Change is Hard

Change management is a discipline whose importance is often under-estimated  

new mindset for change

Software implementation projects are difficult. For that matter implementing any new process or system can be a real challenge. We see this internally at Candoris as we continue to grow and evolve as an organization and we also experience it with our customers on the software consulting engagements we undertake. Changing how we do things takes effort and often causes stress.  

One way to think about how we human beings approach change is that we take a rational approach, we see the value in a new idea and we embrace it. This makes sense intuitively. I mean, who would resist something that is going to make our lives easier? Progress is good and a logical approach would indicate that we each do our part to support it.  

Unfortunately, this isn’t exactly the way it usually works. As much as we like to think we live in a meritocracy where the best ideas win, we don’t. The status quo bias is real, which means that any deviation from the status quo is viewed as a loss. Even positive changes induce stress and we often resist them. We get in ruts that are difficult to escape; old habits are hard to break. This is true in individuals as well as organizations.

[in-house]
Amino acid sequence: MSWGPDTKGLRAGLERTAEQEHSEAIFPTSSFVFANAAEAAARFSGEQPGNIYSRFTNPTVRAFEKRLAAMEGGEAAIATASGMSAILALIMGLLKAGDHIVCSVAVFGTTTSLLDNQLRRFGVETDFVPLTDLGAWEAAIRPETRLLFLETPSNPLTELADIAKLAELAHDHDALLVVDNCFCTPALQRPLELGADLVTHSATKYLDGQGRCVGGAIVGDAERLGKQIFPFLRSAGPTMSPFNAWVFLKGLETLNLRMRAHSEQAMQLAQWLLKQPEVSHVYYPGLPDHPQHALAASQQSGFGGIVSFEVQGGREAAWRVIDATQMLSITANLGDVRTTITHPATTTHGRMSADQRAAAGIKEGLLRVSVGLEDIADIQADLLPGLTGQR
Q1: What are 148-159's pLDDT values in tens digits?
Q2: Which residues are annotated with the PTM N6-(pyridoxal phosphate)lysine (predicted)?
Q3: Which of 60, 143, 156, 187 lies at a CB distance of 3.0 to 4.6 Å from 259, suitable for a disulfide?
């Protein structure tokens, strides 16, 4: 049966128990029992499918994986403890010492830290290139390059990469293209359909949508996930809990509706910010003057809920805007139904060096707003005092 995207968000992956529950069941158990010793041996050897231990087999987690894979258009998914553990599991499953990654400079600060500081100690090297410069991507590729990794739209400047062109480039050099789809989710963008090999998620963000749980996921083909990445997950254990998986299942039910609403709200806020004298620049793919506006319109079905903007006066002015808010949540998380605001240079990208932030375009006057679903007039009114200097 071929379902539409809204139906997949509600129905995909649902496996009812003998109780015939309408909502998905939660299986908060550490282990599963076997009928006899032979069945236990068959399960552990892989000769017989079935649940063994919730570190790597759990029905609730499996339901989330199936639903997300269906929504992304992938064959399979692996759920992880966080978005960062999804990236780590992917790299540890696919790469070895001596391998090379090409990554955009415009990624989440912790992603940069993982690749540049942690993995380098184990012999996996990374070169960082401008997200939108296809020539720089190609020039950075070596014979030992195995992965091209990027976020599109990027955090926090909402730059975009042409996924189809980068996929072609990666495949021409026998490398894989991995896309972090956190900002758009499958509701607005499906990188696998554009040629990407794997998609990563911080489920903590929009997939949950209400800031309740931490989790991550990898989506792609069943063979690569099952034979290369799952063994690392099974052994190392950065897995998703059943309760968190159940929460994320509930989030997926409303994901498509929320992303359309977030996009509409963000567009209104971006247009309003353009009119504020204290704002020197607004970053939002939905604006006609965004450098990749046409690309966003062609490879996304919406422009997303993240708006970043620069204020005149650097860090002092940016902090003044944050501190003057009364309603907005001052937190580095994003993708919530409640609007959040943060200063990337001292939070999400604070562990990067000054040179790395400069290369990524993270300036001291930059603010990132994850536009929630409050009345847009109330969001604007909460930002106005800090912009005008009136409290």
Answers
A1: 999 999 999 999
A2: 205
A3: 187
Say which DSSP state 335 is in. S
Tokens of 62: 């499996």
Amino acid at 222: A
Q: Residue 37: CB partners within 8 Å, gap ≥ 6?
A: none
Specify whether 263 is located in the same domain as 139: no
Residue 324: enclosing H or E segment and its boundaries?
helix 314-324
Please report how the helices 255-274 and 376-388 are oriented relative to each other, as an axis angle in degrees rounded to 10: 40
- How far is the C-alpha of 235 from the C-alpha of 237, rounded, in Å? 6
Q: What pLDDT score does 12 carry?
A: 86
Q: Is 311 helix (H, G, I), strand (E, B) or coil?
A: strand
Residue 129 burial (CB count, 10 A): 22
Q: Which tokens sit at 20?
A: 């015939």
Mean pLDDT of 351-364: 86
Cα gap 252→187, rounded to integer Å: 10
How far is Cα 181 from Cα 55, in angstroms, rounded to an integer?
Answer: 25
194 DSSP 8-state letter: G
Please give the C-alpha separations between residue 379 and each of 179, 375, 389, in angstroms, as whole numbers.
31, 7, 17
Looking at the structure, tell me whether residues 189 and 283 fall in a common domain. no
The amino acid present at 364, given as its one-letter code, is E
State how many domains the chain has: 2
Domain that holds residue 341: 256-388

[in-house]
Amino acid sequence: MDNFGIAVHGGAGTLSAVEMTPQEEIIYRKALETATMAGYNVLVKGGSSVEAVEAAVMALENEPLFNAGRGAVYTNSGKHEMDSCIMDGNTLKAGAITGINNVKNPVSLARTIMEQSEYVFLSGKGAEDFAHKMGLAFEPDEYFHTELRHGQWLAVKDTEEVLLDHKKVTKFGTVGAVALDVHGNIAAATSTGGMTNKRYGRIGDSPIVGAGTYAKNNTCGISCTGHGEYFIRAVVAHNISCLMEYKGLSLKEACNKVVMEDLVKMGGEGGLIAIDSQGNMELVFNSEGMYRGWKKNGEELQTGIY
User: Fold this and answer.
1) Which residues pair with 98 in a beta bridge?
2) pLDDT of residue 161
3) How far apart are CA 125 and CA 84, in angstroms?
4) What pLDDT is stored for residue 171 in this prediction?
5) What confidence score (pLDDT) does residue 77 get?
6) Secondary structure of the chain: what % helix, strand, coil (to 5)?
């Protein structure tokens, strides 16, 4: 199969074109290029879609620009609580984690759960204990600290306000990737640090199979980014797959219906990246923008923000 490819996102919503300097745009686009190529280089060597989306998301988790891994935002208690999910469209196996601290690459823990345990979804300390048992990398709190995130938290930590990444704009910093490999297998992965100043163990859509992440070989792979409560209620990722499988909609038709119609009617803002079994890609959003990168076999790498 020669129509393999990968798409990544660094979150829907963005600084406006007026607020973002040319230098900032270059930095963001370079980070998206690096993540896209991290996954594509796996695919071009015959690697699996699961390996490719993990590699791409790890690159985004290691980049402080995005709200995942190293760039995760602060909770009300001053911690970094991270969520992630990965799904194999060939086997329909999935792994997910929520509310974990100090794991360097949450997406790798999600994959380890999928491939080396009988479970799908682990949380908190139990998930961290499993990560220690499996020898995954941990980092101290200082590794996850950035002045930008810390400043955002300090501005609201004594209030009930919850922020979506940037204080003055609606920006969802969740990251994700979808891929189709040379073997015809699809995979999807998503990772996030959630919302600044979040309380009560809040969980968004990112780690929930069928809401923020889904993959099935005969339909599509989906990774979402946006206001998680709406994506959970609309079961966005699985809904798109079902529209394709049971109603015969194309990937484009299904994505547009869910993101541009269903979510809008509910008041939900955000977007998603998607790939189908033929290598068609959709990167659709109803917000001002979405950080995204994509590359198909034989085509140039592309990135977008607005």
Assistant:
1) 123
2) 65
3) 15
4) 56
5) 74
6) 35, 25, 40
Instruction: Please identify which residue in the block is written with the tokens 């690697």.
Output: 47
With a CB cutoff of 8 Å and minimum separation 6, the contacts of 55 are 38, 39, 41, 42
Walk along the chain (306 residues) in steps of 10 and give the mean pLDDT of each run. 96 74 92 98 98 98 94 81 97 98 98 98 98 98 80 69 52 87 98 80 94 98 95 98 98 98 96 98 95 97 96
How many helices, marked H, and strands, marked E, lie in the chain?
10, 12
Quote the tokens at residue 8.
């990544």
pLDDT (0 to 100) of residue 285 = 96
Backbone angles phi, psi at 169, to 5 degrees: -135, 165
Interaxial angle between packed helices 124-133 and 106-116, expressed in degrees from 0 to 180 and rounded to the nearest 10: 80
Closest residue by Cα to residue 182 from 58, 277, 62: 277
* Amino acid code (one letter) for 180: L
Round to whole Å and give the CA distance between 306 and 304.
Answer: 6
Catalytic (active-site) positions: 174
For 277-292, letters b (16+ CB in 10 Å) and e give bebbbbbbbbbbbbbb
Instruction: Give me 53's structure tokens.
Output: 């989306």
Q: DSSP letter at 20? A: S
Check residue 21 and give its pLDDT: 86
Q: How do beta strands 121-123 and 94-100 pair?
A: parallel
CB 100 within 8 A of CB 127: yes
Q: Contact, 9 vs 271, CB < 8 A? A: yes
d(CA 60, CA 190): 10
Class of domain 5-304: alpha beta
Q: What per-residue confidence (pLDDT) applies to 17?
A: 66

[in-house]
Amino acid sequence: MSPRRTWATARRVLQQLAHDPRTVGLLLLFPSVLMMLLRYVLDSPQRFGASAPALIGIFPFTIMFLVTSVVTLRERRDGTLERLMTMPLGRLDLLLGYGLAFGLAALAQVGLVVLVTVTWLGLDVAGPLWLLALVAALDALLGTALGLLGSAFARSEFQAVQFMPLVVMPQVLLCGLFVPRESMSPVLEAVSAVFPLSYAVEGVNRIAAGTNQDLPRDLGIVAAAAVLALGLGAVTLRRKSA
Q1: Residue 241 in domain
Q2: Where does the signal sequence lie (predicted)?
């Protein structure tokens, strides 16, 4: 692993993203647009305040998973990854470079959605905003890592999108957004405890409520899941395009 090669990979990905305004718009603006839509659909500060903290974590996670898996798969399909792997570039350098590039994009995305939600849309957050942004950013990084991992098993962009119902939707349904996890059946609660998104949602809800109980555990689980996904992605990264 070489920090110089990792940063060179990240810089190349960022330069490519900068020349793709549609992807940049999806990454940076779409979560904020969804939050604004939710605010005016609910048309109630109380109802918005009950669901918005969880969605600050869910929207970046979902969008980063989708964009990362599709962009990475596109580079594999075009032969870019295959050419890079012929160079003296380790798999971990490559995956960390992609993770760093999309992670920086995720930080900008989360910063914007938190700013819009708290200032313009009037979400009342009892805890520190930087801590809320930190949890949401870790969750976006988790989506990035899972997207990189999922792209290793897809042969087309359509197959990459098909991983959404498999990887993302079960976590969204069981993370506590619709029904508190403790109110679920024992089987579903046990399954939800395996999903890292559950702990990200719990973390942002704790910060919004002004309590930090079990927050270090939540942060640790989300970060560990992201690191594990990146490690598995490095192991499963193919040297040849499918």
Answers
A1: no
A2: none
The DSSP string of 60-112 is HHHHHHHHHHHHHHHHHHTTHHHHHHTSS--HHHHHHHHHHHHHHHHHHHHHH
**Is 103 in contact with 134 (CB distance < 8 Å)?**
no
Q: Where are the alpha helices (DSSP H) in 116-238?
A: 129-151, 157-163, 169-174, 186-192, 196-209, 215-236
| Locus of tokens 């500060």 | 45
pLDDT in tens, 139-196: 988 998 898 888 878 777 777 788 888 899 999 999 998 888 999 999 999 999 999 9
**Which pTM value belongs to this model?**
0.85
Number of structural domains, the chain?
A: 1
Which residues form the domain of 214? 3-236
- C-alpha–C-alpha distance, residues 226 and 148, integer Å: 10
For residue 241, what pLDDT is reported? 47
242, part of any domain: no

We oversee a lot of projects that involve new business processes, new software and new systems. Working technology, beautiful interfaces, and innovative software are all great but implementing them seamlessly is easier said than done.  

Unfortunately there is no simple or universal solution; change management is a discipline whose importance is often under-estimated. While it can’t be boiled down to a few simple steps, acknowledging that change is difficult is a good place to start. We’ve also found that a little common sense goes a long way and that good communication and patience are keys to success. 

About the author

Chief Operating Officer

Leron thrives on solving challenges and strategically building and advising teams. His extensive background of holding senior leadership positions in the technology and professional services sectors is complemented by the incredible privilege and challenge he had of founding two pediatric orthopedic hospitals for a global nonprofit. Leron's experiences, intercultural expertise, and focused direction on operational efficiency and resource stewardship affords him unique insight into how teams can truly make a difference.